How To Properly Clean Your AirPods

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If you're the owner of Apple AirPods, it's more than likely you dropped a pretty penny on those crisp white wireless earphones that have become all the rage in recent years. Even on Amazon, you'll be hard-pressed to purchase the famous earphones for less than $100. You can always find cheaper alternatives to AirPods, but there's no rule that says you can't splurge and go with the brand you know and love when your budget allows it.

At such a steep price, keeping your AirPods in pristine playing condition is important — you don't want to have to replace them within months. With proper care, AirPods can last at least two years before needing a major battery replacement (via DeviceMag). During their lifespan, you can keep your AirPods playing at their very best by maintaining their cleanliness. Luckily, properly cleaning your AirPods is a lot easier than keeping up with the small earphones.

Use an alcohol wipe to clean your AirPods

No one likes dull bass and muffled lyrics when they're trying to get in the zone at the gym or trying to drown out the noise of an airplane, but less than immersive sounds might be exactly what you get when earwax and sweat begin to build up on your AirPods.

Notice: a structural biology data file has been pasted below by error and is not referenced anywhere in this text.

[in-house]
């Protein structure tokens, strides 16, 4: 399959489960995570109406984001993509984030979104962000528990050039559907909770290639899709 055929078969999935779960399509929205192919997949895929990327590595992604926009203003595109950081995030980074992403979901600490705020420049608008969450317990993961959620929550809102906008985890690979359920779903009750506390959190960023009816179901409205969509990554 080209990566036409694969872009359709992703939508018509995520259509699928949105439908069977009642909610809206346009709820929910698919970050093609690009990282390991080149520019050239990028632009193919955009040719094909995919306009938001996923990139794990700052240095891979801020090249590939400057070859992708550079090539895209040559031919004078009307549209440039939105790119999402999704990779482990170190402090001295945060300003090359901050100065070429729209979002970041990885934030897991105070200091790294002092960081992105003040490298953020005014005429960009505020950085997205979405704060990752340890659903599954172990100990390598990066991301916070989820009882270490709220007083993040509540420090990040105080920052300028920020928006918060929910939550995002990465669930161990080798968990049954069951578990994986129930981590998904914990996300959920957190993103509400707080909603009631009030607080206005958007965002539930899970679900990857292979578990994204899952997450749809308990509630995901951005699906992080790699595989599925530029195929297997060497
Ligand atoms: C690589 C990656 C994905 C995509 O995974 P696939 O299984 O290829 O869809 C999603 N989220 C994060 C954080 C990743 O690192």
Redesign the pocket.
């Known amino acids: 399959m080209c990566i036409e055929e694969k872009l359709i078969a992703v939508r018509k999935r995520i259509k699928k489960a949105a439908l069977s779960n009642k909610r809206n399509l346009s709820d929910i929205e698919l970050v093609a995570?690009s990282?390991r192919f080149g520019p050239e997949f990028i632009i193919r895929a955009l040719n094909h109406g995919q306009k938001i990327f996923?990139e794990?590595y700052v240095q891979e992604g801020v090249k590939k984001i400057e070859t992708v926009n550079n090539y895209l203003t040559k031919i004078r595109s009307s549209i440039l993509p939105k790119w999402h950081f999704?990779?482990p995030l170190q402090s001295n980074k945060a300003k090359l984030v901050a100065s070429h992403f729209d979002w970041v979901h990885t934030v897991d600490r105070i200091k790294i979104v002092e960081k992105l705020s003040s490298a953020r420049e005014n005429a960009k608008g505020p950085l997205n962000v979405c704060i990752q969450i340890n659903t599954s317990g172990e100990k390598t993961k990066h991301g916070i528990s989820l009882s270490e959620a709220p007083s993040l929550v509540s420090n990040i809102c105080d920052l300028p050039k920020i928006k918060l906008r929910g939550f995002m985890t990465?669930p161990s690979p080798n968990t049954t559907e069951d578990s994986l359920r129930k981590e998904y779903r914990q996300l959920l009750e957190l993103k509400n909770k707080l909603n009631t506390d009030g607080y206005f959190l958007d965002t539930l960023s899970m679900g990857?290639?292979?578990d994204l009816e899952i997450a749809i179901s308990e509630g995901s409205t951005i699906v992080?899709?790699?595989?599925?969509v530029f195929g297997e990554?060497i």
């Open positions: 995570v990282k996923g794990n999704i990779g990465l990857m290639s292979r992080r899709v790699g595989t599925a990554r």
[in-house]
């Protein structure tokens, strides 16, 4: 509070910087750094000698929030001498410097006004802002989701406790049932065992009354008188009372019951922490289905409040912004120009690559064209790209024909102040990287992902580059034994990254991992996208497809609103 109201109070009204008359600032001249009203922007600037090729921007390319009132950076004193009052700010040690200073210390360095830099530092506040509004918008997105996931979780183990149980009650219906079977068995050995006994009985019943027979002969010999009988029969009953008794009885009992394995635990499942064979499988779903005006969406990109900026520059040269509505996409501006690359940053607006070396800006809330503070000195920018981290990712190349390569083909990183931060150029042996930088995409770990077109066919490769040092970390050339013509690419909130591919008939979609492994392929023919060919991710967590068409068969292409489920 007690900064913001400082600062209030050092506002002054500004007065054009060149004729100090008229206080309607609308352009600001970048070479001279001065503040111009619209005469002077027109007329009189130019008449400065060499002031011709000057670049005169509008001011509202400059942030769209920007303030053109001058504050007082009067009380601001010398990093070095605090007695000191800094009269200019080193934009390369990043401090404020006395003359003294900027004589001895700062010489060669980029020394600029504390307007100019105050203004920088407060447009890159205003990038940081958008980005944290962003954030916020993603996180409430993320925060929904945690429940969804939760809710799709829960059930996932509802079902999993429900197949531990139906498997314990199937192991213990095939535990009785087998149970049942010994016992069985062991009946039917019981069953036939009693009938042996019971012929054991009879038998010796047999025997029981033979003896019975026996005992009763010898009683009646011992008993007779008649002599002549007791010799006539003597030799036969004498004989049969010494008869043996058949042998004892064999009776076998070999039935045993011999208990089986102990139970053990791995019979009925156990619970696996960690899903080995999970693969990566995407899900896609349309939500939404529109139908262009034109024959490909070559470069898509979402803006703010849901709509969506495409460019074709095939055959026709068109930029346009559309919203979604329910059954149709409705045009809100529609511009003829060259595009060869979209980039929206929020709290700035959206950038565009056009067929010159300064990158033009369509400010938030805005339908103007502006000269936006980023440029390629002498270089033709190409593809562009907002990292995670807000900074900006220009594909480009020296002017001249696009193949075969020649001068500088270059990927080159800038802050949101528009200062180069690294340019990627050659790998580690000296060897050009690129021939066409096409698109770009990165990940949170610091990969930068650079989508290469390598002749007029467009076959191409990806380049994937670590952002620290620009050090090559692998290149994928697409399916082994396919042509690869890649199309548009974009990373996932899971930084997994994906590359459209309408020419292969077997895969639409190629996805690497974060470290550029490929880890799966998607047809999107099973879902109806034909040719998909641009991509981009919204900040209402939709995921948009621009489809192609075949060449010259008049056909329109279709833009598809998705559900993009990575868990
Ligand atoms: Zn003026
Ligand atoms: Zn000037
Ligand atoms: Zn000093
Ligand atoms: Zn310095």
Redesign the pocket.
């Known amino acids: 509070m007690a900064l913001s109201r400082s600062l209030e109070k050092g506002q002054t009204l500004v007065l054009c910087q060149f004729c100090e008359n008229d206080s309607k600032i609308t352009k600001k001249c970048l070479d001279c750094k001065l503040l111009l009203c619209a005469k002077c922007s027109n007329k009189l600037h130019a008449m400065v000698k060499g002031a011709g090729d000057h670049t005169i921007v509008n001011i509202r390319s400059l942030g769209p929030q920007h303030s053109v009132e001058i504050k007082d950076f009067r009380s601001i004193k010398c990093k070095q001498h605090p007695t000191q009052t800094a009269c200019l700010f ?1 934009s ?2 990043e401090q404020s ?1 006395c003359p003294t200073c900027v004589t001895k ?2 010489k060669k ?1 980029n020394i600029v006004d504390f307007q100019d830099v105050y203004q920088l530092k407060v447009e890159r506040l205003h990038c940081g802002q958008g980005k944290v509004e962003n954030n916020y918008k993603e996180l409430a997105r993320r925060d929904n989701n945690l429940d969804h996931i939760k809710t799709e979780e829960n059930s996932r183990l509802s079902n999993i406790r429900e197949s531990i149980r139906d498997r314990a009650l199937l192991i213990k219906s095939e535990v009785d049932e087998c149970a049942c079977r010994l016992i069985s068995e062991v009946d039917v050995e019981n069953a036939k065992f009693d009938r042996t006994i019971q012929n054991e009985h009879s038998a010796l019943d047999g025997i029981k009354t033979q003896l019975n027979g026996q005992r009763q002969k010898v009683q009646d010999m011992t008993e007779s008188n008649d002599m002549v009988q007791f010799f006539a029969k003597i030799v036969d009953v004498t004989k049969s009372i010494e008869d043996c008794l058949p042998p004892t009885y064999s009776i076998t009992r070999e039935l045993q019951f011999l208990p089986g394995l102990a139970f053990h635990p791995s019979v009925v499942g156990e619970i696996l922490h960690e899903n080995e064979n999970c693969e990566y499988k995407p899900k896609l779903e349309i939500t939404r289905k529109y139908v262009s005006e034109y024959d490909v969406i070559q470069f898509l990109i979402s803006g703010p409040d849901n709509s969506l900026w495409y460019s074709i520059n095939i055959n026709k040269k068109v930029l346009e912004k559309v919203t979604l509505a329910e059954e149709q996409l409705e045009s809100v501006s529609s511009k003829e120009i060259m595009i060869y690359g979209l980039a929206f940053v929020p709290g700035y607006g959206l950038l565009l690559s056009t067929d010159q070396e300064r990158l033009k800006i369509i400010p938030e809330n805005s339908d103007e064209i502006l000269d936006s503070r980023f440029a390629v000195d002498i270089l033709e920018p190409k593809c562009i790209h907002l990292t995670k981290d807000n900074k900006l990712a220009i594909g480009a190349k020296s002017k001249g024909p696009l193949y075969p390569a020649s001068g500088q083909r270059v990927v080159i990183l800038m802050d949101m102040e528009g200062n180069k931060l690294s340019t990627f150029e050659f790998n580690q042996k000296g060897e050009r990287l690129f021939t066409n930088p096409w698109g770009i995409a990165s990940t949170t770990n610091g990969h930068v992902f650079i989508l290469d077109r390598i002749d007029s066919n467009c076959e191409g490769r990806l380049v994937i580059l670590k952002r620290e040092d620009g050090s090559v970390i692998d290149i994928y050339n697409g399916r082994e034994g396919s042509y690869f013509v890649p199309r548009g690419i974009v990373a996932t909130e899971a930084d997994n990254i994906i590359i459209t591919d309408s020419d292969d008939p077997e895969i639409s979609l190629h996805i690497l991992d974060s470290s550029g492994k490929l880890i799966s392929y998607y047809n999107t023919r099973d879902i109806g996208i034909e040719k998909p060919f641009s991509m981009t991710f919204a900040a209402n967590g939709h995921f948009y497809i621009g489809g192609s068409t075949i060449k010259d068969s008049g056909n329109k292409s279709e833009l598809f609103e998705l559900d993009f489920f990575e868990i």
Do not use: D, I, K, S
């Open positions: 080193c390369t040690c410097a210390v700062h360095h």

Apple suggests using a 70% isopropyl alcohol wipe, 75% ethyl alcohol wipe, or disinfecting wipes to gently clean your AirPods, avoiding the metallic speaker area. By incorporating a gentle alcohol product into your cleaning routine, you're not only polishing your AirPods to look good as new, but also fighting away any bacteria likely to grow on their surfaces. It's safe to say that, just like with your phone, submerging your AirPods in water to clean them isn't a good idea. This could cause irreparable damage.

Having no luck in cleaning the speaker mesh? CNET recommends combining Fun-Tak Mounting Putty and wooden toothpicks to get at those hard-to-reach places.

Prevent earwax buildup for cleaner AirPods

Unfortunately, the more you use your AirPods, the more earwax you're likely to have on them, as one of the causes of earwax buildup is frequent use of earphones (via Healthline). When your ears are blocked by earphones, earwax doesn't come out of your ear canals but instead builds up, potentially causing harm to your headphones and discomfort to your ears.

In an interview with Well+Good, Dr. Sujana Chandrasekhar explained the waxy situation by saying, "Our ear canals are open to air, and they're open to air for a reason." That reason boils down to the natural flow of oxygen into and out of our ears. By carrying out any dirt that reaches the inner parts of our ears, the airflow is in fact acting as a cleaning mechanism. When earphones cut into that flow, the blockage causes dirt buildup, a.k.a. sound-muffling earwax on our AirPods. Spending less time plugged in — plus regularly cleaning your ears – can lessen the amount of earwax you transfer to your AirPods.